Instead of criticizing afterwards, why not teach beforehand? Instead of searching someone's code for uninitialized variables, why not show him techniques to ensure variables are initialized? If the uninitialized variable was a recurring pattern in the individual's code, then the criticism is of no value in preventing the mistake from reoccurring. If the uninitialized variable was a rare oversight, then again, the criticism is of no value in preventing the mistake from recurring; just silently fix the problem. To repeat the prior question, what advantages arise from criticism?
Am I the only one who finds it ironic that this page is being criticized by people who say that one should never criticize? -- KrisJohnson
Answer: ironic (3) not ironic(0)
Maybe that's because the words "criticize", "criticism", and "critical" have a more loaded connotation in the context of this Wiki than in day-to-day conversation. -- francis
Suppose this applied to real life? How many real-life people would take the time to criticize one so delicate as to require permission to criticize? Would it not be better to just leave them in the fantasyland of their own making? Where they never learn but what they want to learn, never go anywhere but where they want to go, never work more than they want to work, never allow anything seemingly unreasonable to their sensibilities to be done to them, never accept responsibilities for what they do, to think their work and words are above criticism and should not be subject to others testing, validation and criticism.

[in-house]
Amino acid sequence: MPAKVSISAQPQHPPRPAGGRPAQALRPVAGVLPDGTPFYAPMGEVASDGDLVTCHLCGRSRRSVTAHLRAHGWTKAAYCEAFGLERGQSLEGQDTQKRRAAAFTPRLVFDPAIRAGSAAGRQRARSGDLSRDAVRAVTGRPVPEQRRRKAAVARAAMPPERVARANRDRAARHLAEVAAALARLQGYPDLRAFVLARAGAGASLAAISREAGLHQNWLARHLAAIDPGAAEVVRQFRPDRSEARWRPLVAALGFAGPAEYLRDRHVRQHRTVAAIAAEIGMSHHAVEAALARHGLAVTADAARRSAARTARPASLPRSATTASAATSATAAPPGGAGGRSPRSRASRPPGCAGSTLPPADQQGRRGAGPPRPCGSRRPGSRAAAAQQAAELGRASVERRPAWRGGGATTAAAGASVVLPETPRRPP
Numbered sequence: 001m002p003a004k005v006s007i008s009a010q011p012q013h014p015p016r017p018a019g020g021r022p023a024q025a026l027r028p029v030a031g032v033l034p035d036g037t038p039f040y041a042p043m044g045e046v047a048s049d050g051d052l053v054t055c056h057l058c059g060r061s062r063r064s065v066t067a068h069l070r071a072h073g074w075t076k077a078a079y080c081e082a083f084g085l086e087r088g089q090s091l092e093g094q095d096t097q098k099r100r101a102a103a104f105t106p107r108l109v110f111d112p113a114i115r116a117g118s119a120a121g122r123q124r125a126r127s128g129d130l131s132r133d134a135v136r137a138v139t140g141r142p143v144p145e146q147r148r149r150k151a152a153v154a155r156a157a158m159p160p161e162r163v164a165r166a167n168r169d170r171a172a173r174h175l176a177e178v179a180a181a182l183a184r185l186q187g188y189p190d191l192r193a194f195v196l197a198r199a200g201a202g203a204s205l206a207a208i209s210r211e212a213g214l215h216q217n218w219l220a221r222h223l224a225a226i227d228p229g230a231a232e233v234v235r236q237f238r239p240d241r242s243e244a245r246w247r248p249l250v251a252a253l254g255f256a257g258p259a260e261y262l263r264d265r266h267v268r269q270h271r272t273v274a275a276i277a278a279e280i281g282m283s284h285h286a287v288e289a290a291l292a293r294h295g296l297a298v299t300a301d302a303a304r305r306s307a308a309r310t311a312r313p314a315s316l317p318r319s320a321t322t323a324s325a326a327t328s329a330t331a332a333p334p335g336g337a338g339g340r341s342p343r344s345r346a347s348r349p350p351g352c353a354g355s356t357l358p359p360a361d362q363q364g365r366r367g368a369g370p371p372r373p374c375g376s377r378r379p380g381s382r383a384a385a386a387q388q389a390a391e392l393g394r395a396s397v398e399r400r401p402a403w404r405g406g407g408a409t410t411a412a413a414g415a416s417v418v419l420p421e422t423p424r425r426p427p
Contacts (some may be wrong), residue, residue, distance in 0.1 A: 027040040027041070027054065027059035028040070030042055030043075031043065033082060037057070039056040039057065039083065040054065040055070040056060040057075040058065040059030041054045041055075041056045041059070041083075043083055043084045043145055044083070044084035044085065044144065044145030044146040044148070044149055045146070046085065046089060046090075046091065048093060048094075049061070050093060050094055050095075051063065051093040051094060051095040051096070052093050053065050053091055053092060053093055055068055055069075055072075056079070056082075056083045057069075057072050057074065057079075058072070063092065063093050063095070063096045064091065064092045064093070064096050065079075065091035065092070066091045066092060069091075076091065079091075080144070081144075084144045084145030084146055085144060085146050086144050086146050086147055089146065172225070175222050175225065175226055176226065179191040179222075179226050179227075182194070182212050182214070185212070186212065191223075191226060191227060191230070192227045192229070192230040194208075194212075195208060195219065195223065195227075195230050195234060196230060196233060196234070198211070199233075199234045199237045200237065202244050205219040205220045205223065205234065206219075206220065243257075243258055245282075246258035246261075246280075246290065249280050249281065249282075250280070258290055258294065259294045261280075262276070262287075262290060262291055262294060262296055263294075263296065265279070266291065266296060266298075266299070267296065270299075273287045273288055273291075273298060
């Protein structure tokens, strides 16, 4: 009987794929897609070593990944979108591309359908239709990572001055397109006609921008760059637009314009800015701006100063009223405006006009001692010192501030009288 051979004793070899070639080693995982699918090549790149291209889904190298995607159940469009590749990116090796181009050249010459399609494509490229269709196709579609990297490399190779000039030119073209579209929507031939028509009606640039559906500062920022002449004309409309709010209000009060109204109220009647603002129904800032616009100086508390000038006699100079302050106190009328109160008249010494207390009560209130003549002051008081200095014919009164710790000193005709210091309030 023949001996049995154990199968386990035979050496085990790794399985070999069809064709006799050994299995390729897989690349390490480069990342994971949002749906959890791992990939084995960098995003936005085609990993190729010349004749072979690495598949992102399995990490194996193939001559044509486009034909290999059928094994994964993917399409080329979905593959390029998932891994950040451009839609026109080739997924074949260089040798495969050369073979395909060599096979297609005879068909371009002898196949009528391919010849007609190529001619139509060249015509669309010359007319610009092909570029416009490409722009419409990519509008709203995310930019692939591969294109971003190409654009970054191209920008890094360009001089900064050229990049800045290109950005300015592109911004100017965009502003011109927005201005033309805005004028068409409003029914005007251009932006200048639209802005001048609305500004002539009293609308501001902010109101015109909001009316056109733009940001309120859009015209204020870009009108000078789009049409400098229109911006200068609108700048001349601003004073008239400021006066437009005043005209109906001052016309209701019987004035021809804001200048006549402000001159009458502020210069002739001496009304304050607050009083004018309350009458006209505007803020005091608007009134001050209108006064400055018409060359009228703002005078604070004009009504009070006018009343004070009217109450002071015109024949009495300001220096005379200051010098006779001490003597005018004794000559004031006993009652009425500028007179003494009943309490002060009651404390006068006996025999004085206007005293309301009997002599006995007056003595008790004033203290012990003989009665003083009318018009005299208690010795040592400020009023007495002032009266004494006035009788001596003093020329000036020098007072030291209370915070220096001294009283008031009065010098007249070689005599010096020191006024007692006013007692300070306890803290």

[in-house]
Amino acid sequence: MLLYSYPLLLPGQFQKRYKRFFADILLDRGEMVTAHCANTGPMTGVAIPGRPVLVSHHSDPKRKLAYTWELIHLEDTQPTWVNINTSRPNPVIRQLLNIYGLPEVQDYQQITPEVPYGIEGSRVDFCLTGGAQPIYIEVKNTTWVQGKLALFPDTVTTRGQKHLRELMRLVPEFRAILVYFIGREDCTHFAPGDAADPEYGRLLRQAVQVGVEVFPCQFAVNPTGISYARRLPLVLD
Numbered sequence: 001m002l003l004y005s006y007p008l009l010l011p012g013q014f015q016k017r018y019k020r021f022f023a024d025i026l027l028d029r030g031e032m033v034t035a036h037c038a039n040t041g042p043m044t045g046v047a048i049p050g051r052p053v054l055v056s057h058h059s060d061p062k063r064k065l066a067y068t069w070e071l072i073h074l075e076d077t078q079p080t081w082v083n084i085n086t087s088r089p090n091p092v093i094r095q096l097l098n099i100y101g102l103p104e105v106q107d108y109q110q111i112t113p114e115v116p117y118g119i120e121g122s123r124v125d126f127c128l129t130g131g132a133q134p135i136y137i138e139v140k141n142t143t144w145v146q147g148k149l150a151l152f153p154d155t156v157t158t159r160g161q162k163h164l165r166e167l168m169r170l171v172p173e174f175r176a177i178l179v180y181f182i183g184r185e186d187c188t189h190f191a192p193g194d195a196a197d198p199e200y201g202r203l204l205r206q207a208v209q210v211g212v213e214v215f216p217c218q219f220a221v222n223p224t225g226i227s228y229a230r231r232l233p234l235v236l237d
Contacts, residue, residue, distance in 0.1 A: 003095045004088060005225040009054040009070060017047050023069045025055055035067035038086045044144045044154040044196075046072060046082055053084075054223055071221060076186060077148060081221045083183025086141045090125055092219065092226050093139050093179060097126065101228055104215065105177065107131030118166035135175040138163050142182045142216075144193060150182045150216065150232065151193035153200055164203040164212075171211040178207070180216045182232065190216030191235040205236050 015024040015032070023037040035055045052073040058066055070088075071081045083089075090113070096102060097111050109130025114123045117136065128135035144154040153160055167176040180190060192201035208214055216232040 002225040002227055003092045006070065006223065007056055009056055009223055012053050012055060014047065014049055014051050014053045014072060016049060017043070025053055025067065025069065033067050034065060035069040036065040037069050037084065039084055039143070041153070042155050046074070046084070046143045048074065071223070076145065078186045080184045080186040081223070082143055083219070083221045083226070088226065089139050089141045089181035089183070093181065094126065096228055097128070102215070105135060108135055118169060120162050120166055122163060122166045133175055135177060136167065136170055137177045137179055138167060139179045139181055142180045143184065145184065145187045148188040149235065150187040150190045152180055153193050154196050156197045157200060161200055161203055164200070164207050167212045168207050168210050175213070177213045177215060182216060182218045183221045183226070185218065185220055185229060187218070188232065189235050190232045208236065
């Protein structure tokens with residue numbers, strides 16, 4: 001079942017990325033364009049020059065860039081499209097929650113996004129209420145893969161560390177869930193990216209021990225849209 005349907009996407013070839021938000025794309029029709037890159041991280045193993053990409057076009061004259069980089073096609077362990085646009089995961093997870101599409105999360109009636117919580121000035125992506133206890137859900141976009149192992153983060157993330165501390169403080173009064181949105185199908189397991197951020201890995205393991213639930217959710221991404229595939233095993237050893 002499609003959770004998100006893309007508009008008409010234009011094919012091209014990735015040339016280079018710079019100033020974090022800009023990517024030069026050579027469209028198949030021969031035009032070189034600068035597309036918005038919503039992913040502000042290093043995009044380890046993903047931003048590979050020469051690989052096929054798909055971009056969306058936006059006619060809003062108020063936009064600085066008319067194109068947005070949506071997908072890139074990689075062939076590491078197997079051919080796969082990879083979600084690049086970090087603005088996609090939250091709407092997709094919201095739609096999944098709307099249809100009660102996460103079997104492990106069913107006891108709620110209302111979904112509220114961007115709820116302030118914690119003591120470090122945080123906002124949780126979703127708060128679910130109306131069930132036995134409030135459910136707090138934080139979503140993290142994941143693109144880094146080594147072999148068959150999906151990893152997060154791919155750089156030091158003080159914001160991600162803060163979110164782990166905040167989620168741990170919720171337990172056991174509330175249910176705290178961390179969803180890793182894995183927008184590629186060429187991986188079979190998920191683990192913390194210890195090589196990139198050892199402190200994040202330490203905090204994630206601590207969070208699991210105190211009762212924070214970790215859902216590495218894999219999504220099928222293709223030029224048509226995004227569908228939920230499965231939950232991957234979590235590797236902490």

My experience has been that the vast majority of people on this earth genuinely want to learn, but that desire is easier to bring out if you do it a way that's respectful and non-confrontational.
Ok, then they should learn first that CriticsAreYourBestFriends
. This is the only
right foundation for true learning. Give up your pretension of being smart and accept that CriticsAreYourBestFriends
is for weenies. It's insulting to someone's intelligence and integrity to ask him for permission to criticize. It's like asking are you not that kind of moron that gets offended for no good reason?
. Ok, if you suspect he is a moron then you better ask, and who knows, he might be even flattered. The best advice is then to move on and avoid having to deal with this kind of person.
The other problem is that sometimes it happens that the morons we're talking about are in a position of power where they can impact you whether you deal with them or not. So then dealing with them in a hypocritical fashion may be justified and a good thing to do.
The best solution to this problem is not to AskPermissionBeforeCriticizing